The Great Firewall of China

By Bryan • blog, china, internet, nanjing • 20 Nov 2004

My frustration with internet in China continues…although speeds today were not to bad.

The seedy, illicit air of this cafe belies the fact that these venues are under official scrutiny. All customers must register with identity documents, ensuring that the country’s Internet police force — alleged to be 30,000-strong — can track them down easily. The government has also ensured that cafes install local filters to reinforce the nationwide censorship system dubbed “the Great Firewall of China.”

Since June, it has been compulsory for cafes to install a video camera and software that detects any attempt to browse a banned site, then automatically informs government supervisors.

If you try to access the BBC, for instance, you’re told that the server is not available. Type in the name of Louisa Lim, its Beijing correspondent, and the search engine will return results for her stories — but will refuse to let you have access.

Only last week, the government’s China Internet Network Information Center reported that inspectors had visited 1.8 million cafes in a six-month crackdown, closing down 18,000 temporarily and 1,600 for good. Beijing says it is concerned about young people accessing pornographic or violent sites. Human rights groups say that it is trying to silence critics.

Logging on at home is not necessarily safer. Individuals are being arrested and detained for lengthy periods, often without trial, for disseminating information judged to be seditious via the Internet.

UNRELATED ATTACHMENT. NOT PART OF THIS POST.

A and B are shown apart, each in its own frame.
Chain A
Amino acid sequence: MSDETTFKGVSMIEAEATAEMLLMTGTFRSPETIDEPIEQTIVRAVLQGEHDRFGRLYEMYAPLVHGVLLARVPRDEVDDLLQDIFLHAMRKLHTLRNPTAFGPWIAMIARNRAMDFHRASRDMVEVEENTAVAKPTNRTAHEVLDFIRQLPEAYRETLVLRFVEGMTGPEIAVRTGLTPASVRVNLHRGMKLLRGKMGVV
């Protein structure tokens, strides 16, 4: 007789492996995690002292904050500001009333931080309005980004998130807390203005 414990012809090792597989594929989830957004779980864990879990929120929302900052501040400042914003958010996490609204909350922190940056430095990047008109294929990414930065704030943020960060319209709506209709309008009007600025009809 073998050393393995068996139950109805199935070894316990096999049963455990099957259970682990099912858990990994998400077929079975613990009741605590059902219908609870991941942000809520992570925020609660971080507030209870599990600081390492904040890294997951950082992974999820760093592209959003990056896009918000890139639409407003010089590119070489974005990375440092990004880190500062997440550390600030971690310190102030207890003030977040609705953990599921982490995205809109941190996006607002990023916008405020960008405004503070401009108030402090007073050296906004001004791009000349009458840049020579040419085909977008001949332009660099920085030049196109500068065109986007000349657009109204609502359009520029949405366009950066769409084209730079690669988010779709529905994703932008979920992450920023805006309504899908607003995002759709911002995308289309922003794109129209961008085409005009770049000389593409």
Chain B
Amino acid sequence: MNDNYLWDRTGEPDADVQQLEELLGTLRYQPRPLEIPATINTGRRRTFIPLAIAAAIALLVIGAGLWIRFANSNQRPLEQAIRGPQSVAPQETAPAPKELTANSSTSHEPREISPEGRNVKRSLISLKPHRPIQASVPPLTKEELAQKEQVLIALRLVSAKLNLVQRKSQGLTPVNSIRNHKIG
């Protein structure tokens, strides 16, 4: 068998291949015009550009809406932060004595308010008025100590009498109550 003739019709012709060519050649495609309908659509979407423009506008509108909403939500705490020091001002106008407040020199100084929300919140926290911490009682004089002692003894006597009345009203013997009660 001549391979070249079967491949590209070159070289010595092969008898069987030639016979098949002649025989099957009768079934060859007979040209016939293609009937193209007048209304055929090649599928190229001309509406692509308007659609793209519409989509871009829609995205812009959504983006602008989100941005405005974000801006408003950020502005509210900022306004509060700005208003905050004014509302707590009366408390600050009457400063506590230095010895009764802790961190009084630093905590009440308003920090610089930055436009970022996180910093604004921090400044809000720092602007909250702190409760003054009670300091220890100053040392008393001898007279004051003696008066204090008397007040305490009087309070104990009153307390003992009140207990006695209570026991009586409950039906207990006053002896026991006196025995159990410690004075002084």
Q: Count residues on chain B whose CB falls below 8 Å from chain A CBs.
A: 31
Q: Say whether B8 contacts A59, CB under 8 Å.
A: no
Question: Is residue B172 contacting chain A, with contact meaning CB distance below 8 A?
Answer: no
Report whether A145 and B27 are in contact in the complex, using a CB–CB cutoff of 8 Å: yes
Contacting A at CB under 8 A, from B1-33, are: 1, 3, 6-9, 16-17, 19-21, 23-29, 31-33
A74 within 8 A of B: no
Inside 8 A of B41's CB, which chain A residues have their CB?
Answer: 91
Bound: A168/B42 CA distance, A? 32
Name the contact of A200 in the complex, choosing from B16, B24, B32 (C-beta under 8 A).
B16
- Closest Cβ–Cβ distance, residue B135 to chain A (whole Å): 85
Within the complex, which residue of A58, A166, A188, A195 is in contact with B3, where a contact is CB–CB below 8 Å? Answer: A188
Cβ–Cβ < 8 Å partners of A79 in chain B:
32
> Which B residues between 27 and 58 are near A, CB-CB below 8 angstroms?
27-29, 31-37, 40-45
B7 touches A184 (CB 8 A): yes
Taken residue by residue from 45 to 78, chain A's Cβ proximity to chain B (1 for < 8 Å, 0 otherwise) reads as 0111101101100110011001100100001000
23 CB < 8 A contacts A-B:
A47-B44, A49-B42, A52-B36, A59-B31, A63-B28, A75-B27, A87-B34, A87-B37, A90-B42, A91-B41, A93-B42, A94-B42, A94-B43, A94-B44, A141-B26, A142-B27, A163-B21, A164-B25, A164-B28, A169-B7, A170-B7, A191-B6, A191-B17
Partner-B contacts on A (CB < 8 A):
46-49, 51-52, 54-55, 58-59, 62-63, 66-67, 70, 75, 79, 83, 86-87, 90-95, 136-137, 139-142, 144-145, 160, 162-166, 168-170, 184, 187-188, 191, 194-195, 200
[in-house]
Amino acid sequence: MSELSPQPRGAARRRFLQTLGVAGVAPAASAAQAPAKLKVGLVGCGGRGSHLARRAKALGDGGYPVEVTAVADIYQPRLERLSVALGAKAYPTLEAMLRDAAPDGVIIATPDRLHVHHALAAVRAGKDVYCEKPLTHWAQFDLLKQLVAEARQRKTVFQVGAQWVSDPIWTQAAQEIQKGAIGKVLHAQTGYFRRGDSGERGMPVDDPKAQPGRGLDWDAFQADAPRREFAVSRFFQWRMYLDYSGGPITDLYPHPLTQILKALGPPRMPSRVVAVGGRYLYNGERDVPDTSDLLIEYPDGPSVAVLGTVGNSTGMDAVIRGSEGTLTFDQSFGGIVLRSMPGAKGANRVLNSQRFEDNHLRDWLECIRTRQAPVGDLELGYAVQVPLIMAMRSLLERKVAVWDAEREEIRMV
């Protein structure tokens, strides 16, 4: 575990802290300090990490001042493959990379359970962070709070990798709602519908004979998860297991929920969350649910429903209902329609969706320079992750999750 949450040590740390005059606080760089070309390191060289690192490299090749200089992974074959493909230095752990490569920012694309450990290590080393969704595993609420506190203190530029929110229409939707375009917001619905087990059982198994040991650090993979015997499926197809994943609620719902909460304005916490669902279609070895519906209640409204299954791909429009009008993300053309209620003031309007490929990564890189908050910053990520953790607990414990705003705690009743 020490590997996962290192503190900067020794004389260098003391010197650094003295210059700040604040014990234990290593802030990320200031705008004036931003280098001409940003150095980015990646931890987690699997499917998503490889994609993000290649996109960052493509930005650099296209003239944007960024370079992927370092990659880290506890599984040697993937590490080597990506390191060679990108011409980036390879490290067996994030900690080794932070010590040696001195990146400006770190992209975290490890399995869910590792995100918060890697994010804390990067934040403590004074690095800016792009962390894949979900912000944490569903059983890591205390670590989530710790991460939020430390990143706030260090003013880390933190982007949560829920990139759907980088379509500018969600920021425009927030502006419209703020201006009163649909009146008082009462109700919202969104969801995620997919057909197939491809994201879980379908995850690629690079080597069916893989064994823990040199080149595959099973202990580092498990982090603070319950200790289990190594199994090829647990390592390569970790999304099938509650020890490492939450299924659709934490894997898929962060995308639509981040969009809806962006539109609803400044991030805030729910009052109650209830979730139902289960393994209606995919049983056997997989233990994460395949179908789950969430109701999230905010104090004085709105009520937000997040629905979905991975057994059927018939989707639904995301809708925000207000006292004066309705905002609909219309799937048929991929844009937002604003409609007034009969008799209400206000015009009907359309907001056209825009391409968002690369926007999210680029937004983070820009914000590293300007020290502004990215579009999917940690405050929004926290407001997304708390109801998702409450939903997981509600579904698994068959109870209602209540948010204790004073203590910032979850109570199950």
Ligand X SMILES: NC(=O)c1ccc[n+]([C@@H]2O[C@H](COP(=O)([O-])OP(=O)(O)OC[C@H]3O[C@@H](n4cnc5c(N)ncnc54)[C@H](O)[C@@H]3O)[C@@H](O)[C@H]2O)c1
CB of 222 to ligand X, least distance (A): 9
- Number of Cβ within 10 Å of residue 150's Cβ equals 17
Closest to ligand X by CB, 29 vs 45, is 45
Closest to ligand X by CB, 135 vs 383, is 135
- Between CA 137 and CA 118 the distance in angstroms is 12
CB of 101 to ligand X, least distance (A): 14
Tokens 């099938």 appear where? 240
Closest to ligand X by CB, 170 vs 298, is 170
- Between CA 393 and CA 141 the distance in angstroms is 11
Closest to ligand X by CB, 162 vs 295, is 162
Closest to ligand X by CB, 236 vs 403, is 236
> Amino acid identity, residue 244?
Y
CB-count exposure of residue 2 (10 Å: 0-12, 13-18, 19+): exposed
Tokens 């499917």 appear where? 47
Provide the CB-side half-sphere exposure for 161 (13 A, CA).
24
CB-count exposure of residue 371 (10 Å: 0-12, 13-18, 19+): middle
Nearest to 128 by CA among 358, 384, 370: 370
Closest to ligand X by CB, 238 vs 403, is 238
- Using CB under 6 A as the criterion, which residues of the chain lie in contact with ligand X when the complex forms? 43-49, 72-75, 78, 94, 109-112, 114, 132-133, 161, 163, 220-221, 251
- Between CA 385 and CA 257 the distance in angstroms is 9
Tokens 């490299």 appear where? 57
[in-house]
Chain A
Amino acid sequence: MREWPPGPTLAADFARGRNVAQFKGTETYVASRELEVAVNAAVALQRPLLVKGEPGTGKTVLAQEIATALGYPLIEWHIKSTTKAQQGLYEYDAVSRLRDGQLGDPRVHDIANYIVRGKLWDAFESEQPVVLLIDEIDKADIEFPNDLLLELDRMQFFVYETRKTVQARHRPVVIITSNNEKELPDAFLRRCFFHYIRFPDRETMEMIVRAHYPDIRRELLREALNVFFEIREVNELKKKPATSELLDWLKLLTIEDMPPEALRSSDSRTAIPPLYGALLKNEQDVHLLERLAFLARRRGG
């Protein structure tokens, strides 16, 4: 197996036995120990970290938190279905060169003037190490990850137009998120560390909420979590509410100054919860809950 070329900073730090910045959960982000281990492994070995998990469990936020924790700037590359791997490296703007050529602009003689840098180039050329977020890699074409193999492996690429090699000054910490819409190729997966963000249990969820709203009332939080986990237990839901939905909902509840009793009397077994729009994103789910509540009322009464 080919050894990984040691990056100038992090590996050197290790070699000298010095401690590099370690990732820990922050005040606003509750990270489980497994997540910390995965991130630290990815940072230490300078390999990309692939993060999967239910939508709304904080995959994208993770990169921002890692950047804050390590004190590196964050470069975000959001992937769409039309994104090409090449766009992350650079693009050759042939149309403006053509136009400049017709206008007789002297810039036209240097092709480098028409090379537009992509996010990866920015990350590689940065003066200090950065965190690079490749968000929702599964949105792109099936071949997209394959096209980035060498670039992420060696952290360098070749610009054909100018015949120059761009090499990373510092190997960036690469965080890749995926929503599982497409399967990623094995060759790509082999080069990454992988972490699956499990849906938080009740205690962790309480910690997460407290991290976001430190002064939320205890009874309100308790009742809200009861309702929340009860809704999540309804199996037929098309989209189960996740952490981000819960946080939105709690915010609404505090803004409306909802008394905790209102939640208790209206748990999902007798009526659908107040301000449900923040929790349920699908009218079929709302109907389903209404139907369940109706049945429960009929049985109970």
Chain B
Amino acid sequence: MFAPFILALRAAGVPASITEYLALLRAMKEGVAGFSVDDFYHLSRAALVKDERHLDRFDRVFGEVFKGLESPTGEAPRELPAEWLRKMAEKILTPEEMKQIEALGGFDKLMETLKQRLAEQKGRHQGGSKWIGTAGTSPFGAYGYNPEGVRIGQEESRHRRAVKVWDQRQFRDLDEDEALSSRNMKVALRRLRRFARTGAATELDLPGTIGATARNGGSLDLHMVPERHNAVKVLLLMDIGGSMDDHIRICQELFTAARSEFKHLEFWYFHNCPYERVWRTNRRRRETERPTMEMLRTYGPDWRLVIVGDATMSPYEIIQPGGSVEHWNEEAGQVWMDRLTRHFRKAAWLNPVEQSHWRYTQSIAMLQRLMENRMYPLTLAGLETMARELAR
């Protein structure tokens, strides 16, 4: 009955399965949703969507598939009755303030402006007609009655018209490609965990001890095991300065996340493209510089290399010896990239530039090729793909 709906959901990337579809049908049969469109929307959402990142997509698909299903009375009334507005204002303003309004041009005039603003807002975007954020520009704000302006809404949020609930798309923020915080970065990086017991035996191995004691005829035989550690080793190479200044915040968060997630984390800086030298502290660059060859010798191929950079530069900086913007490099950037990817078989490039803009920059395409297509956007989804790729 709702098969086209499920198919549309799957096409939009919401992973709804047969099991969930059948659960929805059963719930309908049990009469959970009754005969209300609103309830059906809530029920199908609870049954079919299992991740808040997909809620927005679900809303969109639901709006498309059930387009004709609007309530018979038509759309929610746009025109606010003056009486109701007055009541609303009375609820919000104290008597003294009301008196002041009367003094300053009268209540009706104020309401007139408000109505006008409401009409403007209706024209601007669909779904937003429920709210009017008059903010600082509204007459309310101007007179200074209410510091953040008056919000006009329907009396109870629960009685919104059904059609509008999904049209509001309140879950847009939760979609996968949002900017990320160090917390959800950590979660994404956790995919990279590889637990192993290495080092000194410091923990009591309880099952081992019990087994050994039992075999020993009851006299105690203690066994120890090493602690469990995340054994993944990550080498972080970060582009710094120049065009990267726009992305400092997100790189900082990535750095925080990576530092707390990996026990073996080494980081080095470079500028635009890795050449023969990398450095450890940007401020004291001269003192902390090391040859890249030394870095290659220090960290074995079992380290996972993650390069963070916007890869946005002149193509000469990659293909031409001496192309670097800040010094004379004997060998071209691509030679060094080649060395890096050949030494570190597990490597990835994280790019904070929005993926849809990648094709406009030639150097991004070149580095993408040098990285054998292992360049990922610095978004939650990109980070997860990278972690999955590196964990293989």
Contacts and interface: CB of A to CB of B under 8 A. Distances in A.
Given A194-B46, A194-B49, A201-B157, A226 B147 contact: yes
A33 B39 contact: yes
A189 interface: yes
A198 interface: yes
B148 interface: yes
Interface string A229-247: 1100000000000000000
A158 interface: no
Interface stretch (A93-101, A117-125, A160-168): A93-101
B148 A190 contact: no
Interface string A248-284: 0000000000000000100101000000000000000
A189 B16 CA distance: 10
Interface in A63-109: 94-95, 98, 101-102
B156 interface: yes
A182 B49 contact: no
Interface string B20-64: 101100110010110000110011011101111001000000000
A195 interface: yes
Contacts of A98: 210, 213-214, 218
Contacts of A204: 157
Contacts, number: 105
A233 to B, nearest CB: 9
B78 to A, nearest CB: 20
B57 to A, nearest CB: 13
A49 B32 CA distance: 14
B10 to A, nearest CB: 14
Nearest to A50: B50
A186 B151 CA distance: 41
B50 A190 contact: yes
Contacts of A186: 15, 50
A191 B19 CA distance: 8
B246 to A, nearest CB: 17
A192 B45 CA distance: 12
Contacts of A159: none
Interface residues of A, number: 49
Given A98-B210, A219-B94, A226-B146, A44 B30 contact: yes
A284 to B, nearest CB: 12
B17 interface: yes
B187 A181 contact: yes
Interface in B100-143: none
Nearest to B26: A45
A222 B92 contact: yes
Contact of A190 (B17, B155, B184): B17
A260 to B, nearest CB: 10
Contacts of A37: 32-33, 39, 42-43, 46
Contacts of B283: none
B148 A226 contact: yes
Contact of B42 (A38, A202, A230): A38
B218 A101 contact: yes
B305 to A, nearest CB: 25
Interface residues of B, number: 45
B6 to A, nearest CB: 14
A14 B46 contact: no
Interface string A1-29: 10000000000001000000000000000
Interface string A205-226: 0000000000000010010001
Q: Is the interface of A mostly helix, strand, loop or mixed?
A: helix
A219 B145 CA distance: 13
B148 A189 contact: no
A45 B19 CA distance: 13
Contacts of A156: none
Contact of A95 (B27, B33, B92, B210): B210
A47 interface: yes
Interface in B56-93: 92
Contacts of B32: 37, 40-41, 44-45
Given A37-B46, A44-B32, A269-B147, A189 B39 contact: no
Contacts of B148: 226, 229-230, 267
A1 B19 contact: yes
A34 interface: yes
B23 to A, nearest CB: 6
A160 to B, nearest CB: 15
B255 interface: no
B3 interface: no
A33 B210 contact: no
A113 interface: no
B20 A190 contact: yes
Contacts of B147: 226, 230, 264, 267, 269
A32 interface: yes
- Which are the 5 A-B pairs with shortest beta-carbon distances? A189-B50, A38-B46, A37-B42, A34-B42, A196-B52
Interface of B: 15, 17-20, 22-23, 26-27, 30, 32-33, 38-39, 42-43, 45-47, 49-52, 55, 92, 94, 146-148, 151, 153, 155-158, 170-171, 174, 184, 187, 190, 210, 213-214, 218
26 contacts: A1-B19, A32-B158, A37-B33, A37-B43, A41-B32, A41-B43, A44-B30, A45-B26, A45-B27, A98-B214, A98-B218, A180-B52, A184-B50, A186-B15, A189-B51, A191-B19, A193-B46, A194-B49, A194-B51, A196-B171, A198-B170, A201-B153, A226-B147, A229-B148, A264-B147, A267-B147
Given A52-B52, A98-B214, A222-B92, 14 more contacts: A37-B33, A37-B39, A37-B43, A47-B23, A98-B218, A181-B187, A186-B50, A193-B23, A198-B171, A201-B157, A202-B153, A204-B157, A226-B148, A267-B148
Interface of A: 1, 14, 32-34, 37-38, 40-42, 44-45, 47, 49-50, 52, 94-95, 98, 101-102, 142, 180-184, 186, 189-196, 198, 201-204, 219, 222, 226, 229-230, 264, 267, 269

It’s more of an annoyance in my case. I’m not really to worried about the fuzz knockin’ on my door an arresting me.

What really was interesting about the article though was this:

Not that this would have interested the other users, who were mostly deep in multi-player games.

“The west thinks that people here wake up every morning and think, `Oh, I wish I had democracy,'” says Tuinstra, whose Connecting China project aims to encourage Chinese users to discuss their lives with the global online community.

For one of my classes we were discussing the British Parlimentary System and as a comparison, I wanted my students to tell me about the Chinese government. “We don’t like to talk about politics” was the most popular answer. They are quite young, and didn’t think their interest levels in politics would be too high anyway. However, my director (who is a master’s student) sort of gave me the low down on politics and the Chinese people.

“Only politicians worry about politics, not common people. I’m a teacher, not a politician”.

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3 Responses

  1. Sue

    How do you know they won’t moniter your stuff? I know I sound like a paranoid mom but………. you are somewhat free with your opinions:) You may end up with no internet instead of slow internet.

  2. Chinese Internet Police

    It’s too late now, Mrs. Crosby. We have a file on Bryan the size of a Yangtze River Dolphin.

  3. Bryan

    “Apparently, academics are regularly monitored online”

    heh heh heh…if they only knew what my co-workers did online everday…then again, they might already know!

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